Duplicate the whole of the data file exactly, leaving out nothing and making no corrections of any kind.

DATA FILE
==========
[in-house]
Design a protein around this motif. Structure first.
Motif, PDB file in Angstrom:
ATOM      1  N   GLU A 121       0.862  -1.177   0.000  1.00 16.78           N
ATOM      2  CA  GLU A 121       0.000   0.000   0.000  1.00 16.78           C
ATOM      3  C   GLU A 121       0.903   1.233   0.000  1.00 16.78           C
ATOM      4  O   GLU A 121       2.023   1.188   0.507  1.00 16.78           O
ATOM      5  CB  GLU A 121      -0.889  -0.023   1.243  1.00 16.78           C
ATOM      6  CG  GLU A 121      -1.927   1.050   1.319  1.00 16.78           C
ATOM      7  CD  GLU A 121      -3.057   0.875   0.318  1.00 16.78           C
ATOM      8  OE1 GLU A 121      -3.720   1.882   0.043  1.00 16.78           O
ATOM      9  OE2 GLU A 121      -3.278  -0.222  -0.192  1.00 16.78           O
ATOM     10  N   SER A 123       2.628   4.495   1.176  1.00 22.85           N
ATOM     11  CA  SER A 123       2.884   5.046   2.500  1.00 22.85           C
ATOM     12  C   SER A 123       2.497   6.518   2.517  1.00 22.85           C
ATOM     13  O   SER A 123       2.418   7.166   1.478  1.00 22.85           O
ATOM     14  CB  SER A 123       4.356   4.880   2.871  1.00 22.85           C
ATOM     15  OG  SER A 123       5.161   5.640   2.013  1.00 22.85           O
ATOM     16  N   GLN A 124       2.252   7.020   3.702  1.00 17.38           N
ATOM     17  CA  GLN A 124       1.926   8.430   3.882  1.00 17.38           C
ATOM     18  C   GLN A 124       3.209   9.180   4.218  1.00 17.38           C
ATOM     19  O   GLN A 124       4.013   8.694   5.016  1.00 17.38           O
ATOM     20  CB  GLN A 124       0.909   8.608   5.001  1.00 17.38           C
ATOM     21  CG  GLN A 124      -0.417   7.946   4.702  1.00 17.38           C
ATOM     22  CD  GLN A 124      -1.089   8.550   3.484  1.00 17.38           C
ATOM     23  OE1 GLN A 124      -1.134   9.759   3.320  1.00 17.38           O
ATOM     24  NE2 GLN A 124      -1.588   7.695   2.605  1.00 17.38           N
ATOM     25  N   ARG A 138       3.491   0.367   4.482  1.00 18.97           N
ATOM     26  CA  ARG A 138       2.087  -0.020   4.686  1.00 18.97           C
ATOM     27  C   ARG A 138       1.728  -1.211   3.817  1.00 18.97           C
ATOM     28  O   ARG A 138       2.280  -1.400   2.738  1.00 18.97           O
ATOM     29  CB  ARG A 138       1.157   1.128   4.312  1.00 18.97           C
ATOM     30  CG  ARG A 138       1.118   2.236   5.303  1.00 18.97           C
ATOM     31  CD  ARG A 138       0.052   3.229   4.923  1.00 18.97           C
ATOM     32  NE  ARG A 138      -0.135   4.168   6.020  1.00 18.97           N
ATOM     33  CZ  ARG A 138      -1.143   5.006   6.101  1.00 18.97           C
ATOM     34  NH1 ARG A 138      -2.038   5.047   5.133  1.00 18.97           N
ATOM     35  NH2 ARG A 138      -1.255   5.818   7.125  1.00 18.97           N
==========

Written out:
[in-house]
Design a protein around this motif. Structure first.
Motif, PDB file in Angstrom:
ATOM      1  N   GLU A 121       0.862  -1.177   0.000  1.00 16.78           N
ATOM      2  CA  GLU A 121       0.000   0.000   0.000  1.00 16.78           C
ATOM      3  C   GLU A 121       0.903   1.233   0.000  1.00 16.78           C
ATOM      4  O   GLU A 121       2.023   1.188   0.507  1.00 16.78           O
ATOM      5  CB  GLU A 121      -0.889  -0.023   1.243  1.00 16.78           C
ATOM      6  CG  GLU A 121      -1.927   1.050   1.319  1.00 16.78           C
ATOM      7  CD  GLU A 121      -3.057   0.875   0.318  1.00 16.78           C
ATOM      8  OE1 GLU A 121      -3.720   1.882   0.043  1.00 16.78           O
ATOM      9  OE2 GLU A 121      -3.278  -0.222  -0.192  1.00 16.78           O
ATOM     10  N   SER A 123       2.628   4.495   1.176  1.00 22.85           N
ATOM     11  CA  SER A 123       2.884   5.046   2.500  1.00 22.85           C
ATOM     12  C   SER A 123       2.497   6.518   2.517  1.00 22.85           C
ATOM     13  O   SER A 123       2.418   7.166   1.478  1.00 22.85           O
ATOM     14  CB  SER A 123       4.356   4.880   2.871  1.00 22.85           C
ATOM     15  OG  SER A 123       5.161   5.640   2.013  1.00 22.85           O
ATOM     16  N   GLN A 124       2.252   7.020   3.702  1.00 17.38           N
ATOM     17  CA  GLN A 124       1.926   8.430   3.882  1.00 17.38           C
ATOM     18  C   GLN A 124       3.209   9.180   4.218  1.00 17.38           C
ATOM     19  O   GLN A 124       4.013   8.694   5.016  1.00 17.38           O
ATOM     20  CB  GLN A 124       0.909   8.608   5.001  1.00 17.38           C
ATOM     21  CG  GLN A 124      -0.417   7.946   4.702  1.00 17.38           C
ATOM     22  CD  GLN A 124      -1.089   8.550   3.484  1.00 17.38           C
ATOM     23  OE1 GLN A 124      -1.134   9.759   3.320  1.00 17.38           O
ATOM     24  NE2 GLN A 124      -1.588   7.695   2.605  1.00 17.38           N
ATOM     25  N   ARG A 138       3.491   0.367   4.482  1.00 18.97           N
ATOM     26  CA  ARG A 138       2.087  -0.020   4.686  1.00 18.97           C
ATOM     27  C   ARG A 138       1.728  -1.211   3.817  1.00 18.97           C
ATOM     28  O   ARG A 138       2.280  -1.400   2.738  1.00 18.97           O
ATOM     29  CB  ARG A 138       1.157   1.128   4.312  1.00 18.97           C
ATOM     30  CG  ARG A 138       1.118   2.236   5.303  1.00 18.97           C
ATOM     31  CD  ARG A 138       0.052   3.229   4.923  1.00 18.97           C
ATOM     32  NE  ARG A 138      -0.135   4.168   6.020  1.00 18.97           N
ATOM     33  CZ  ARG A 138      -1.143   5.006   6.101  1.00 18.97           C
ATOM     34  NH1 ARG A 138      -2.038   5.047   5.133  1.00 18.97           N
ATOM     35  NH2 ARG A 138      -1.255   5.818   7.125  1.00 18.97           N